UFO sightings: Why Mount Shasta is the new Roswell

A volcano in California is a hot spot for conspiracy theorists.

Lenticular cloud over Mount Shasta. February 12, 2020.

Photo Credit: Shasta-Trinity National Forest.
  • Unusual UFO-shaped formations were observed in the skies over Mount Shasta.
  • These were actually lenticular clouds that often look like lenses or flying saucers.
  • This volcano peak in California has long been the subject of conspiracy theories.


Mount Shasta in California has become a nexus of conspiracy theories and unusual events. The latest viral sensation from the area has been a UFO-shaped object that appeared in the skies above the potentially active volcano peak of 14,179 feet on the morning of February 12th.

Upon closer look, this was not an alien spaceship but a beautiful lenticular cloud, the kind that is often shaped like lentils or UFOs, depending on your perspective. It was so convincing, however, that the U.S. Forest Service had to deny its extraterrestrial origins in a statement.

The flying saucer or lens shape of these clouds is caused by their development along the downwind sides of mountains. When moist and stable air goes over a mountain, oscillating waves are created. The crest of the waves causes condensation of vapor, which evaporates through the troughs, explains Weather Underground. These evaporations take the form of lenses and spaceships, looking layered.

Mount Shasta, in particular, has seen its share of lenticular cloud sightings, leading to its status as a new focal point for alien hunters much like Roswell, New Mexico. The latest UFO cloud quickly became a social media sensation, as you can see in these posts of the enigmatic formations:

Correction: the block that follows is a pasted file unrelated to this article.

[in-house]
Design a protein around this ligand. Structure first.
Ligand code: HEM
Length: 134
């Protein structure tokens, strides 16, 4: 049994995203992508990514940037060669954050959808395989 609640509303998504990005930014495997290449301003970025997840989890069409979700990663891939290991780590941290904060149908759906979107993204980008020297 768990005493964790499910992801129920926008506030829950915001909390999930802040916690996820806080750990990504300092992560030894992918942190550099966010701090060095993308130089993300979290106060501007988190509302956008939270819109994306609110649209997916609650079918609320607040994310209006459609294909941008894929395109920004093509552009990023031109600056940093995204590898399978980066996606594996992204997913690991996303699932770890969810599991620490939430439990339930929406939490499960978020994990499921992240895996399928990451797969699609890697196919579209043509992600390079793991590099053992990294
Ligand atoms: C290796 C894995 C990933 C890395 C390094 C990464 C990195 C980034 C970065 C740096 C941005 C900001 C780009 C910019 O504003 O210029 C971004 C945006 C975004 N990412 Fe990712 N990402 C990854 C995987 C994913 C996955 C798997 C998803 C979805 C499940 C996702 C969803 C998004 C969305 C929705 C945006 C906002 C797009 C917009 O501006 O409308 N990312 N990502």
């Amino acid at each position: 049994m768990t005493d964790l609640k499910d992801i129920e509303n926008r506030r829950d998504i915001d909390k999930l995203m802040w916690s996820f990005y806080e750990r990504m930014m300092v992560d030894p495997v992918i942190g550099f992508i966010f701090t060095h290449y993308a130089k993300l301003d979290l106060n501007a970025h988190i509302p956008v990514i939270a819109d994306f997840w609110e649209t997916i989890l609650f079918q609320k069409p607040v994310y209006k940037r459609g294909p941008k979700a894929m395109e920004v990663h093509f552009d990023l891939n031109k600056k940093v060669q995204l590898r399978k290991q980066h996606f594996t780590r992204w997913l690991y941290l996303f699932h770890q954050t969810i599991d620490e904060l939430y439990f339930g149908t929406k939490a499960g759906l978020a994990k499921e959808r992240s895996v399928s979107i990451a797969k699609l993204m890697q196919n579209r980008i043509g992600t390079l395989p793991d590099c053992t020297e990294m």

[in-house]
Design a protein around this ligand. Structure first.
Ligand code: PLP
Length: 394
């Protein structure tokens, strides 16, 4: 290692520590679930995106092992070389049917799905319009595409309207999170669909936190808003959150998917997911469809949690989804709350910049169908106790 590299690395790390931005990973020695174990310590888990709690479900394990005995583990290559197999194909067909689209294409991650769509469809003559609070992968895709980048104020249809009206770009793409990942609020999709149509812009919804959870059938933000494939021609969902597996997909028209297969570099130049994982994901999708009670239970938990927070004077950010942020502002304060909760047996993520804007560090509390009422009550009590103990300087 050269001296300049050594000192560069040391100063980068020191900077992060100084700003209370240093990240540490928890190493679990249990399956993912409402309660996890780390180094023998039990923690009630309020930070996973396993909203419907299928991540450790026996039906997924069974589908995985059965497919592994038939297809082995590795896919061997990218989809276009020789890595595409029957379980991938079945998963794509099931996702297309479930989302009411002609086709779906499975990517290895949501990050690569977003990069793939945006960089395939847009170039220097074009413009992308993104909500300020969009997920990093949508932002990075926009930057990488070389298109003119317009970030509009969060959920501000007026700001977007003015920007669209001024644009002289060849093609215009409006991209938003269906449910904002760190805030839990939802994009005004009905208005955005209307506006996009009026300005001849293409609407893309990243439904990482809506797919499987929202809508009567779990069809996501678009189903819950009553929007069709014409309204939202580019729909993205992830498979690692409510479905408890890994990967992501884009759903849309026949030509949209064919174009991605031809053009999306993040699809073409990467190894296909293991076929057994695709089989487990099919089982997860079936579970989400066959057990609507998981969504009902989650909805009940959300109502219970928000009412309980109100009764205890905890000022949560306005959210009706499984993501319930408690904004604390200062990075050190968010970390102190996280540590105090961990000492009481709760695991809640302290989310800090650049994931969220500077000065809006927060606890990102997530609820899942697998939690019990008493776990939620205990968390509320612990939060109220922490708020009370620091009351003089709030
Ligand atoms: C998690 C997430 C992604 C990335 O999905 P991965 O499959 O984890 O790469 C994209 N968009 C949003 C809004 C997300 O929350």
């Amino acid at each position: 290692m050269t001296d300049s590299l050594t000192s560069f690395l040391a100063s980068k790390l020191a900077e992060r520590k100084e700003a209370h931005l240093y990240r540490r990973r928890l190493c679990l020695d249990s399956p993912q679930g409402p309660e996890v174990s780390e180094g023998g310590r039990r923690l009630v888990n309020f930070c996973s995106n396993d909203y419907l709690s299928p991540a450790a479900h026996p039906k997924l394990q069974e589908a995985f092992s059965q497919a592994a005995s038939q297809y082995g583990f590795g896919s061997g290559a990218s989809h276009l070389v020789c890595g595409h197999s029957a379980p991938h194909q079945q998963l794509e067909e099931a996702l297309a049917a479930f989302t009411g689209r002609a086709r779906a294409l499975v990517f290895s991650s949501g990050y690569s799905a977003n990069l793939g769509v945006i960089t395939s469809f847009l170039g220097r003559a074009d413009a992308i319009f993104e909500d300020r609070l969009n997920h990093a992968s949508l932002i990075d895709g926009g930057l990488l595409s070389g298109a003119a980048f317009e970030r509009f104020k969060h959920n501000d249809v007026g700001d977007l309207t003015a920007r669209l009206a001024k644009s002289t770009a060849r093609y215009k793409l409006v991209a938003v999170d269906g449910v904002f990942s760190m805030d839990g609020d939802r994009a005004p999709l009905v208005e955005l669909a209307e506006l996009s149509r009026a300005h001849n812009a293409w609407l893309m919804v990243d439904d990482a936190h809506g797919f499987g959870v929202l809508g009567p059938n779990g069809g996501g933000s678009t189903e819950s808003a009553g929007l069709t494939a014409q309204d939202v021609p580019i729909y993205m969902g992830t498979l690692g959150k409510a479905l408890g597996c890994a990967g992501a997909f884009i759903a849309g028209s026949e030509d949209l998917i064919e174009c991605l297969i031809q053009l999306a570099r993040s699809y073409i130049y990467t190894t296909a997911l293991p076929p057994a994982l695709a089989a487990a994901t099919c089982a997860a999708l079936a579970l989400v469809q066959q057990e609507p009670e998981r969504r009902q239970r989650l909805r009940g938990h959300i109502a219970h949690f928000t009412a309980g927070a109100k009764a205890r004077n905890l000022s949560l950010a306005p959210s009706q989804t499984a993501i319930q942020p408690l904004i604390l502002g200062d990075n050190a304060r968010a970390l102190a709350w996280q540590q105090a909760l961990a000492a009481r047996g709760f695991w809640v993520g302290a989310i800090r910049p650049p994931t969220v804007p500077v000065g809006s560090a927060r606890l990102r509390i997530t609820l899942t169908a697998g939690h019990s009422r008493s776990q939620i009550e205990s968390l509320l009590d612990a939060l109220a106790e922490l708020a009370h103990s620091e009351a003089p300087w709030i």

Mount Shasta has also seen other unusual happenings, with a mysterious side hole that appeared over 10 years ago becoming the subject of a documentary. Its sudden emergence connected with local legends about a lost continent of Lemuria supposedly hidden under the mountain. This mythical kingdom would be there along with its capital city Telos.

The first thought of the documentary filmmaker Elijah Sullivan about the giant hole was that it was from people trying to find Lemuria.

"You'll hear a lot of people talking about Lemuria, maybe even asking for directions," he told the news in 2018. "People make pilgrimages here — it's like a New Age mecca."

In 1987, the area was home to a New Age conference dubbed a "spiritual Woodstock".

It is also known to be sacred to the Native American Winnemem Wintu tribe, indigenous to this area.

If you're in the mood to check out the stunning area for yourself and see some aliens in the skies above, you can come to the nearby town of McCloud for the "Meet the Venusians — We Are in Contact" conference from August 25-30 of this year. It promises to be a "tribute to honor of all the Venusians & Pleiadean's who have taken the time to present themselves" with a schedule of speakers and events focused on healing and consciousness.

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